Red flags wave here, or should have. Newcomer begins with the presumption that the documents are forgeries, and as evidence submits that he can create a very similar document on his computer. This proves nothing — you could make a replica of almost any document using Word. Yet Newcomer’s aggressive conclusion is based on this logical error.
While attempting to whack Newcomer, Pein winds up, swings and hits himself right in the face. "You could make a replica of almost any document using Word." This is either a lie, or Pein is an idiot -- or both, let's not limit ourselves. Try this Pein: Make a replica of the Declaration of Independence using only Word. That might be too tough. Make a replica of the lead story of today's New York Times that matches up like the fake memos and the re-typed Word document.
Pein also says that Newcomer claimed to "create a very similar document on his computer." Bad reporting again. Newcomer demonstrated that he could create an identical document on his computer -- using Word's default settings (something Charles Johnson did first).
Would-be gumshoes typed up documents on their computers and fooled around with the images in Photoshop until their creation matched the originals.
Wrong again! The only person who typed up documents on their computers and fooled with them in Photoshop was David Hailey -- Pein's "right-wing mob" victim -- who isn't a typographic expert, but a technical writing instructor.
There are so many mistakes in Pein's piece that, if CJR is honest, it will take nearly as many column-inches as the original article to explain all of the corrections.
And this piece of garbage was published in perhaps the most respected journalism publication in the United States?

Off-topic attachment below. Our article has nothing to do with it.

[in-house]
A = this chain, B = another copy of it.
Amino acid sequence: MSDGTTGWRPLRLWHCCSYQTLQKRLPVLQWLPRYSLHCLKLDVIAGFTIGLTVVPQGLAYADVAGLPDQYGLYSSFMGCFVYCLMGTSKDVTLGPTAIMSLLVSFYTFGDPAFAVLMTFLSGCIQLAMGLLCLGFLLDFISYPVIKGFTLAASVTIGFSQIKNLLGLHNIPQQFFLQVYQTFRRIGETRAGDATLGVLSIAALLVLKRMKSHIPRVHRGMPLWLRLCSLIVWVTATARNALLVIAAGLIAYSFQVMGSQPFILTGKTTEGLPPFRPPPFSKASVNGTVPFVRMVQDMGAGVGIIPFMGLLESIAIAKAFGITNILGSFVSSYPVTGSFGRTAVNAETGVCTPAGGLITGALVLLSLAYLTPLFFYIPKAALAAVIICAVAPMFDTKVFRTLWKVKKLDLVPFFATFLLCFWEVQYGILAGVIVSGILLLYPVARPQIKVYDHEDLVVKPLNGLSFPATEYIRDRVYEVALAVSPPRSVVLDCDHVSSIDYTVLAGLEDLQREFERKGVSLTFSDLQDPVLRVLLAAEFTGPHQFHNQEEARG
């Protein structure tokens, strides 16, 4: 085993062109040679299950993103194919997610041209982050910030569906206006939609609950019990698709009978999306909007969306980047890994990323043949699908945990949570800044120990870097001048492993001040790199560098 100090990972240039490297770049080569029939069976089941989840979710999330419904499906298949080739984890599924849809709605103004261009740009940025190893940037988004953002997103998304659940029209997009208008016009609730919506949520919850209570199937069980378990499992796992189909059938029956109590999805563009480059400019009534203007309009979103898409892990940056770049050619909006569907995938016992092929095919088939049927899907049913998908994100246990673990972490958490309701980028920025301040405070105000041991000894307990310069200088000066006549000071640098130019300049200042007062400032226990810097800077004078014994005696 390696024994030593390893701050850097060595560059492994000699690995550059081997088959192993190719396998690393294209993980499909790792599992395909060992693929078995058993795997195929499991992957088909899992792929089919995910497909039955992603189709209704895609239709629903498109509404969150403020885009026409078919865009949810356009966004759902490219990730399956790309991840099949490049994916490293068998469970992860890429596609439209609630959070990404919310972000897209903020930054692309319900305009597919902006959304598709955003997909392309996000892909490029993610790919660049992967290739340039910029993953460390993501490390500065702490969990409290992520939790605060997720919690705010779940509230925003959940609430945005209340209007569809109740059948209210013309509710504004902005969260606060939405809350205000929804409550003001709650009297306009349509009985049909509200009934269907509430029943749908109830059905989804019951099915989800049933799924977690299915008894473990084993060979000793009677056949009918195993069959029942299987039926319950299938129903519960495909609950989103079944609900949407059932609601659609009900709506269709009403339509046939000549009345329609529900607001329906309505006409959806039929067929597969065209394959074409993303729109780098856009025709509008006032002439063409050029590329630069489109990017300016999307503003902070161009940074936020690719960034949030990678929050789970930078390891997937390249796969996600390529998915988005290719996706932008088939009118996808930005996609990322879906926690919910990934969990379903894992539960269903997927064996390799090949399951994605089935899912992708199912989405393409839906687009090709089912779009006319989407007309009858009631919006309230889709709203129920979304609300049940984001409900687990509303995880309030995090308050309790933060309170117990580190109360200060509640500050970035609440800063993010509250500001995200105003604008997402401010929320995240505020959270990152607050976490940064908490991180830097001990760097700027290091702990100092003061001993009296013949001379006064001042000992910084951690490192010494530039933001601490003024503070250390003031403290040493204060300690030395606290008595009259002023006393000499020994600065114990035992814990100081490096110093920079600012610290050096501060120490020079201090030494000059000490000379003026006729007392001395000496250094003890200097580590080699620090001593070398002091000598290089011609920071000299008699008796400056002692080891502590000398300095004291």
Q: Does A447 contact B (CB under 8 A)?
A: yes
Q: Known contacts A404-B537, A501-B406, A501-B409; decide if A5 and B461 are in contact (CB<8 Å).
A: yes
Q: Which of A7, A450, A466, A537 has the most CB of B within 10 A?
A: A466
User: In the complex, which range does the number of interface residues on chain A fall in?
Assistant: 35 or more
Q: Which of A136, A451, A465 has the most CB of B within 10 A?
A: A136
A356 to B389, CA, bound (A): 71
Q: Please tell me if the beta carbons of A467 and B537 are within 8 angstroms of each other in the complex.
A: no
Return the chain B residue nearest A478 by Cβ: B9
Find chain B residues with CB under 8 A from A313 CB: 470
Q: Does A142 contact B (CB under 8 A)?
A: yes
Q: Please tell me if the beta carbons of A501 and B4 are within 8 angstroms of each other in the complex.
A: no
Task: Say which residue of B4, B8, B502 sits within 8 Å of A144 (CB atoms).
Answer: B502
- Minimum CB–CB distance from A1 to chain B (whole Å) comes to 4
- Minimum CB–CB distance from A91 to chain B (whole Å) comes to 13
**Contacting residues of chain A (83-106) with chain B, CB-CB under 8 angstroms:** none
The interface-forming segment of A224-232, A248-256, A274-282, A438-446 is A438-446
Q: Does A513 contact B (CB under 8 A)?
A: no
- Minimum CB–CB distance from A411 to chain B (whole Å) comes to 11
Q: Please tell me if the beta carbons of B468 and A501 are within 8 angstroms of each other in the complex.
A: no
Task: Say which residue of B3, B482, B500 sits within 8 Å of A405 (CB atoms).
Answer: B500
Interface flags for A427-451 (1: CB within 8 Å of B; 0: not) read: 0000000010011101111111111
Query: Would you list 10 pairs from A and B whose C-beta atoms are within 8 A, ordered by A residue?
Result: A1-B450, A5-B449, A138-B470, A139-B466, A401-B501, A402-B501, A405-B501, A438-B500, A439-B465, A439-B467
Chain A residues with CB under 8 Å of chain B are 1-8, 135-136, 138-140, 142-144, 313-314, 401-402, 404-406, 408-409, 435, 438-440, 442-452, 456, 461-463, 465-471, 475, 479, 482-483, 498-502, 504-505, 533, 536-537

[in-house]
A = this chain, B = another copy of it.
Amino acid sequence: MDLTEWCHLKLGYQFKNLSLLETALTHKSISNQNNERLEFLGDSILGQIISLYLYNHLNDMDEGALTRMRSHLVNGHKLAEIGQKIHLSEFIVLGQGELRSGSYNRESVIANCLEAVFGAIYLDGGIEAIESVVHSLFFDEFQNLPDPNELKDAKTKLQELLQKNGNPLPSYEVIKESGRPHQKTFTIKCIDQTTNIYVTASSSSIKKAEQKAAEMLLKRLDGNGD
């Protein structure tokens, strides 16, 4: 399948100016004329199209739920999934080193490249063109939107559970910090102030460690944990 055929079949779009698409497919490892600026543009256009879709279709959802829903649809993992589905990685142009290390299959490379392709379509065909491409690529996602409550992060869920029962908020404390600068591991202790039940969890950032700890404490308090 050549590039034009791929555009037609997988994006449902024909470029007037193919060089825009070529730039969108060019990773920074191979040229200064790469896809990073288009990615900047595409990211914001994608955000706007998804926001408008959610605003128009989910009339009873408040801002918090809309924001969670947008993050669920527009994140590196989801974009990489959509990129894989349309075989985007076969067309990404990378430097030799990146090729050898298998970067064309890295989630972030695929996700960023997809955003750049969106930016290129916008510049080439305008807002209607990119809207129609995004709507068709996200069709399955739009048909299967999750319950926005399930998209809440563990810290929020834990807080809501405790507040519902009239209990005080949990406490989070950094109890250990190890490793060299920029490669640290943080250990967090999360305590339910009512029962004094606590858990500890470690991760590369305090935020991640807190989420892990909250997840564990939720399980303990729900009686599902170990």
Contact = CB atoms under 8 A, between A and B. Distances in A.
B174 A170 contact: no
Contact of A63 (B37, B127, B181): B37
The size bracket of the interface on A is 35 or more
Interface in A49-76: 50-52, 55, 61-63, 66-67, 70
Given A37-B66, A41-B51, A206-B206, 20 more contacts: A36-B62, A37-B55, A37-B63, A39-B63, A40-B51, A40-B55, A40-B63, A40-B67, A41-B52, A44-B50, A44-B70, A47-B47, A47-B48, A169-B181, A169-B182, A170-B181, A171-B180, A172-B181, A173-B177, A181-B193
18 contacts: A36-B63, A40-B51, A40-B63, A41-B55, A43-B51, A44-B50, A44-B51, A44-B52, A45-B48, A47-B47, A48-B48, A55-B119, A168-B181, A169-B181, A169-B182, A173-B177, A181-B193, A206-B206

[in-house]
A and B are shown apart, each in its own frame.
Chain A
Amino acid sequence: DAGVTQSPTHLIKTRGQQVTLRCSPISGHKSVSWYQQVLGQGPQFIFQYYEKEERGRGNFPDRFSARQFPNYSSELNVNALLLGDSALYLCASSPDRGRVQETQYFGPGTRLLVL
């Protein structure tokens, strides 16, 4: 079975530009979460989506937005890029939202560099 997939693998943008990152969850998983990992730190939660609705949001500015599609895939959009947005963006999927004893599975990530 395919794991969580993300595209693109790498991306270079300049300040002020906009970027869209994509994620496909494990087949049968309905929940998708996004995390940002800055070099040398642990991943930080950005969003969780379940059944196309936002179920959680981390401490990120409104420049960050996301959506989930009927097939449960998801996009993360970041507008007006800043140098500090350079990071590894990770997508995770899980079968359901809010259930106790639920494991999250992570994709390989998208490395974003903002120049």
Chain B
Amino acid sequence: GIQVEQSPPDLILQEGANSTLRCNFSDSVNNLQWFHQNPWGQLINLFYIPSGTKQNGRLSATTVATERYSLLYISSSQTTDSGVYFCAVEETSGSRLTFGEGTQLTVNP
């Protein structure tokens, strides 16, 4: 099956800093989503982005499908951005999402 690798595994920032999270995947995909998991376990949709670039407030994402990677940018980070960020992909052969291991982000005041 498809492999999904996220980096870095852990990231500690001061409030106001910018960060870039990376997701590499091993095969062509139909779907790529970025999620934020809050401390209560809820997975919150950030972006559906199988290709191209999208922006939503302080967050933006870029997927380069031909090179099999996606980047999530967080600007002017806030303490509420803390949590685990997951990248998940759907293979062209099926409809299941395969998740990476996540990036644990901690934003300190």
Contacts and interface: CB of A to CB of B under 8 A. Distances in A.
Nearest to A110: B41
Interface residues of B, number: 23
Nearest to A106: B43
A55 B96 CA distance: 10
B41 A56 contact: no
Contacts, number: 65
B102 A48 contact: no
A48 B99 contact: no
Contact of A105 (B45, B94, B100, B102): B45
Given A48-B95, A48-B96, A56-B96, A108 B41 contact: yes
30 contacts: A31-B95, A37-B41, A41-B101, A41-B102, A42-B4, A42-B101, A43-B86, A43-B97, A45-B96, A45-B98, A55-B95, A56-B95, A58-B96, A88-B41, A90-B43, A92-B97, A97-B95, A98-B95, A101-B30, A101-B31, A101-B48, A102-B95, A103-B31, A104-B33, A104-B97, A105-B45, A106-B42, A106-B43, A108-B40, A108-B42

And it gets worse. Last month, an AP photographer just happened to be in the right place at the right time to capture the images of two Iraqi elections workers being murdered in broad daylight.
When Wretchard over at the Belmont Club raised a question about the possiblity of collusion on the part of the photographer and the terrorist murders, he was quickly attacked by the liberal online magazine Salon.
I didn't wade into the brouhaha at the time because the circumstances really were murky. Maybe there was collusion. Maybe there wasn't.
And then an AP flack sent a letter to PoynterOnline.
AP on its Iraqi photographers and insurgents
12/23/2004 2:54:30 PM
From JACK STOKES, director of media relations, Associated Press: [This is a solicited letter regarding Salon's "The Associated Press 'insurgency.'"] Several brave Iraqi photographers work for The Associated Press in places that only Iraqis can cover. Many are covering the communities they live in where family and tribal relations give them access that would not be available to Western photographers, or even Iraqi photographers who are not from the area.
Insurgents want their stories told as much as other people and some are willing to let Iraqi photographers take their pictures. It's important to note, though, that the photographers are not "embedded" with the insurgents. They do not have to swear allegiance or otherwise join up philosophically with them just to take their pictures.
This was another kick in the pants to good journalism. The AP in Iraq has taken the idea that a journalist needs to objectively report the facts with a sort of amorality that cannot see the difference between cops and criminals.
Let's reword that second paragraph a bit.
Child molesters want their stories told as much as other people and some are willing to let photographers take their pictures. It's important to note, though, that the photographers are not participating with the child molesters. They do not have to swear allegiance or otherwise join up philosophically with them just to take their pictures.
As I read that letter, that's what went through my mind. If given the opportunity to do a story on someone from NAMBLA as he went about seducing an underage boy online and then meeting him in a park, would the AP go along with having a reporter shadow them, knowing what was going to happen was against the law?
Does everyone who want their "story told" by the AP get it? Is the AP so totally blinded that it cannot see evil?
American journalism is in bad shape. Maybe constructive criticism from readers and bloggers can make it better by holding it accountable, but I'm not so sure.